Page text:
Eph. 3:21d “. . .by Christ Jesus. . .”

Here is why, in this world, the church alone can give glory to God. We are the only ones indwelt by the One through whom all glory must be returned to heaven, and whose glory is to be reflected on earth. Apart from union with Christ, no glory is accepted in heaven, and there is no glory to be reflected. Caesar once told his opponent, “Either I will be Caesar, or nobody.” So the Father saith, “I will be glorified by you only through my Son, or be to you no God at all.” Only the Church can give glory to God.
The church is the outward, visible theater in which God’s glory is reflected and returned. Jesus is the inner reality itself, the glory we are to reflect, and the essential element through which glory returns to Heaven.
The church must reflect Jesus. God’s intent is for the world to see Jesus in the lives of believers. “Christ in you, the hope of glory” (CL 1:27). We are the world’s best hope of seeing God’s greatest glory, Jesus.
The church must return glory to God by Jesus. God’s best glory comes to us via Him; our responses must pass through the same channel.
As the body of Christ, believers are the ones through which His glory is visible on earth. As our Head, the seat of speech, Jesus is our ultimate voice in Heaven. We may be eloquent enough to speak to fellow creatures about God, but only Jesus is eloquent enough to express our returned glory to the Father Himself. As the Mediator of glories wafted to God, Jesus takes our flawed voices, filters them, and fuses them into one perfect Voice, His own. He is our interpreter, our spokesman. His dear lips speak for us, and distill from our words dross which might insult the ears of the Father.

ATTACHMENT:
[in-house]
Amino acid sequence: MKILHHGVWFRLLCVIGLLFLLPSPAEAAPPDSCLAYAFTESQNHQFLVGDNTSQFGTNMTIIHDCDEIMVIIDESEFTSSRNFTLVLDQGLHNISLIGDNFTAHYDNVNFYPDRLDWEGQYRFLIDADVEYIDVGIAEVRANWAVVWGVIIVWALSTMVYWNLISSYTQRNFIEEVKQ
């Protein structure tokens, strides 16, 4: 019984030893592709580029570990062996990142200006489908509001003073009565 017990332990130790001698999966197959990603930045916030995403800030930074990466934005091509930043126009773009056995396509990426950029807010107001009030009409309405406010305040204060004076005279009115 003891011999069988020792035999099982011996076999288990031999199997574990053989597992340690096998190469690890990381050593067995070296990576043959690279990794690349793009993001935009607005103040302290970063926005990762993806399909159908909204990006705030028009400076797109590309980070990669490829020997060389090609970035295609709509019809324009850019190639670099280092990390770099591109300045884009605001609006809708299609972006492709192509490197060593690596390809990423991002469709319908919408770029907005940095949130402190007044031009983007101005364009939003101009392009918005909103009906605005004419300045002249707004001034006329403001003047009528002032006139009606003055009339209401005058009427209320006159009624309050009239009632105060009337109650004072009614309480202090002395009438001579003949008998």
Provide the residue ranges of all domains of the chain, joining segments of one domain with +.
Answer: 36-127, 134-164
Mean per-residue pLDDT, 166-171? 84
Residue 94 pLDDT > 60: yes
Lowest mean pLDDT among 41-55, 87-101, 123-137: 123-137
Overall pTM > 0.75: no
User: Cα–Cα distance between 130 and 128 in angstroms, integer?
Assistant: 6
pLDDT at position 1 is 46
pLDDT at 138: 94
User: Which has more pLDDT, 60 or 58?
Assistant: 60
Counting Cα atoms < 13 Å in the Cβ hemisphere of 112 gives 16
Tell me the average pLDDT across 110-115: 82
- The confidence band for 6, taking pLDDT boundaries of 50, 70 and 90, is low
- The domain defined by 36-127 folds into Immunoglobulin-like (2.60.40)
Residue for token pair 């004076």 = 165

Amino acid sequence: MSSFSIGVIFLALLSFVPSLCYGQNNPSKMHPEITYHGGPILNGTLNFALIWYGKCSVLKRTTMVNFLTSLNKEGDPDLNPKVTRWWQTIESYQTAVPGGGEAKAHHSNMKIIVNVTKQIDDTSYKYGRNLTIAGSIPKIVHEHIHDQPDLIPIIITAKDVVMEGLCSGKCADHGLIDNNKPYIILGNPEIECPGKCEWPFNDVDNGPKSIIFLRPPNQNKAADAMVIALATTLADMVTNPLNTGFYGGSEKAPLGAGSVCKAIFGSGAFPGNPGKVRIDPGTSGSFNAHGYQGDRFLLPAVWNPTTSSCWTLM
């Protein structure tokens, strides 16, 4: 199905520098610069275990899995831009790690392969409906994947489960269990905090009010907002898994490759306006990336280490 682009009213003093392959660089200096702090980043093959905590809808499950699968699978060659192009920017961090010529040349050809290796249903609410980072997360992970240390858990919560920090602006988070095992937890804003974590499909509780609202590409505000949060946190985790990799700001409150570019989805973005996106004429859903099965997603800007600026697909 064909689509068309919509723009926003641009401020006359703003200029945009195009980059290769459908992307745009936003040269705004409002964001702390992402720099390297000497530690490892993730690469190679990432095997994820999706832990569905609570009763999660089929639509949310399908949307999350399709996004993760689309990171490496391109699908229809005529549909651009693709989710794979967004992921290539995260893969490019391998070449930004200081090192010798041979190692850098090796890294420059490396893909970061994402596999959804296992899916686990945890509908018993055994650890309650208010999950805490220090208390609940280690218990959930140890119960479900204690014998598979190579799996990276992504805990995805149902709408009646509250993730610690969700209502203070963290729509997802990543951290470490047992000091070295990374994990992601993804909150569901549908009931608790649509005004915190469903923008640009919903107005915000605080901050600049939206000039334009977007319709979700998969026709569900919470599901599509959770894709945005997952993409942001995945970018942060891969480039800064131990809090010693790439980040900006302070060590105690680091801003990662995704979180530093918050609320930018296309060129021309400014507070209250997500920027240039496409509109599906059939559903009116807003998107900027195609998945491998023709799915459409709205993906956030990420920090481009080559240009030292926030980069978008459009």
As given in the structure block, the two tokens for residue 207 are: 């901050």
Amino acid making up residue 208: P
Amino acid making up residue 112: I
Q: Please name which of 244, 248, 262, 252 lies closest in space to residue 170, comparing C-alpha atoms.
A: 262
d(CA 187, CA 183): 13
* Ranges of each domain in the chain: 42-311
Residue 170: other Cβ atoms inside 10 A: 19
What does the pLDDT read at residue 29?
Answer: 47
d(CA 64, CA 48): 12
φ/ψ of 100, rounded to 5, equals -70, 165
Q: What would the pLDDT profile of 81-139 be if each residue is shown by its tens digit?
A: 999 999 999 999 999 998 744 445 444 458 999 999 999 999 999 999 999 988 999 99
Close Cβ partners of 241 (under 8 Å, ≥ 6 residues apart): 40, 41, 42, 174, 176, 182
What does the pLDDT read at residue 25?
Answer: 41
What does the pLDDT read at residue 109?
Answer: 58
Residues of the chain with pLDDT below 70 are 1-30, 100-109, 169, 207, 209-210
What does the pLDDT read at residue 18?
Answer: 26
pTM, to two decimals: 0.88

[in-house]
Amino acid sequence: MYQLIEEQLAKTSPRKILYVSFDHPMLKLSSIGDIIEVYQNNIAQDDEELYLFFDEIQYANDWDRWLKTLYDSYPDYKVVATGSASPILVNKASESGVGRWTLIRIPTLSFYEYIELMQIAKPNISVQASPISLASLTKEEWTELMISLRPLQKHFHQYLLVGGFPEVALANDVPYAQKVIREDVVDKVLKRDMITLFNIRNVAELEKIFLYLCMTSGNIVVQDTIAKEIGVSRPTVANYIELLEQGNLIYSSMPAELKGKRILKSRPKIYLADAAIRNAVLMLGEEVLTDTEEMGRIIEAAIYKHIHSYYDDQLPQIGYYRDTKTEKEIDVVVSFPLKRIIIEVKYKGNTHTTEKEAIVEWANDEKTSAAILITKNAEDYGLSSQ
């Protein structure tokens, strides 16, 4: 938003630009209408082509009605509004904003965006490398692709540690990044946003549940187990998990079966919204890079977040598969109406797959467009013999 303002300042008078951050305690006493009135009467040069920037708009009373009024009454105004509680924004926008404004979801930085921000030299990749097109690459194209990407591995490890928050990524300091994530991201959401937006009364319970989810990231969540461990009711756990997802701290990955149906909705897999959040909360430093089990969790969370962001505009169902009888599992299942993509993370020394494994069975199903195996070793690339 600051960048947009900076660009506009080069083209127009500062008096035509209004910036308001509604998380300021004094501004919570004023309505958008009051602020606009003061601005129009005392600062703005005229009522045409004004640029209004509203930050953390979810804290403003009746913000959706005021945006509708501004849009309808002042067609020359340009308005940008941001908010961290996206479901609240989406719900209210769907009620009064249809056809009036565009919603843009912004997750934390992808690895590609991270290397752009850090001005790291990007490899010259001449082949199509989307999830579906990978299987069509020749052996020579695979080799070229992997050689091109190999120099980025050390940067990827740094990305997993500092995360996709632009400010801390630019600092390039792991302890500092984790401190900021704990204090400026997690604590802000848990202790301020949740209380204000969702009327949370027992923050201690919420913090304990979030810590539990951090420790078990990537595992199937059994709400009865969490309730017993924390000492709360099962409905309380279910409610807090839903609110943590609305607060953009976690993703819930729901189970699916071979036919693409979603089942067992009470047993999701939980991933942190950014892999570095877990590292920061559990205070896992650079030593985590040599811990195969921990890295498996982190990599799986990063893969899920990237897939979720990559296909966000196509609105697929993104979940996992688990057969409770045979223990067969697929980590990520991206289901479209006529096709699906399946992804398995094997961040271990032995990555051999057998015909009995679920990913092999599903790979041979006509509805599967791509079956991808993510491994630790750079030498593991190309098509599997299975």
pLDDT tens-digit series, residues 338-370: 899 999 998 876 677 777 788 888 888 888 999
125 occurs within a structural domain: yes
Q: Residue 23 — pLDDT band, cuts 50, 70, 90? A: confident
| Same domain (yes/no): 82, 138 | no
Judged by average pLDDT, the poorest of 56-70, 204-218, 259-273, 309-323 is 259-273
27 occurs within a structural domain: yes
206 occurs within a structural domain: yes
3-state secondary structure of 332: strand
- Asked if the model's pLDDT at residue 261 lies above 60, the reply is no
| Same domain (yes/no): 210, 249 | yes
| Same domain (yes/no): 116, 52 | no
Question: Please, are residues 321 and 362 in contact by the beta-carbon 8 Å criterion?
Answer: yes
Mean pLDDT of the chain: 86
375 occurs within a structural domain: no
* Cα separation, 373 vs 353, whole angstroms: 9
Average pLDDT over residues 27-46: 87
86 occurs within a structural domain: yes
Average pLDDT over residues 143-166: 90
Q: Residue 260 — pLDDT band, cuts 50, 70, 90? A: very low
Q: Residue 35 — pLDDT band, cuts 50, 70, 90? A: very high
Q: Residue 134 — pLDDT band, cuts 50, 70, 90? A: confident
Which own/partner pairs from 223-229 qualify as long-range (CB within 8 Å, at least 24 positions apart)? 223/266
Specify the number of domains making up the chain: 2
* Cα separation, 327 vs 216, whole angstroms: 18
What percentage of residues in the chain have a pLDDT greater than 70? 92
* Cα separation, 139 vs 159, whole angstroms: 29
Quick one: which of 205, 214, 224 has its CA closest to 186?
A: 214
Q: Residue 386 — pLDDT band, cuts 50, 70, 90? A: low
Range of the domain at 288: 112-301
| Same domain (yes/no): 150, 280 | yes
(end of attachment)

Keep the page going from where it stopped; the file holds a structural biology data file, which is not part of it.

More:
Eph. 3:21e “. . .throughout all ages, world without end.”

More literally, “unto all the generations of the age of the ages.” Paul, and our English translators, groan under the effort of expressing eternity with words and phrases containing the idea of time. As each age rolls over another into remote infinity, believers will continue to give glory to God.
Little wonder the saints will live forever. We are the chief givers of glory to God. Forgiven sinners are the most amazing by-product of God’s glory. No one can ascribe more glory to God than we can.
I’ll praise him while he lends me breath;
And when my voice is lost in death!
My days of praise shall be ne’er past,
While thought and life and being last. (Spurgeon)

Eph. 3:21f “Amen.”

This Hebrew adverb means surely, in the sense of so be it. This was the Jews’ public verbal assent to a solemn declaration, and their corporate response to public prayers. Paul uses the word here to make us reflect again on his prayer. It is as if he puts down his pen and says, “What more can I say?” Dazzled by the sublimity of a joy which raised his eyes toward Heaven, all he knew to do was to pause and ponder God a moment. What do we do when we reach the top of the ladder of prayer? We stand on the top rung and enjoy the view. We pause a while and bask in the “Amen.”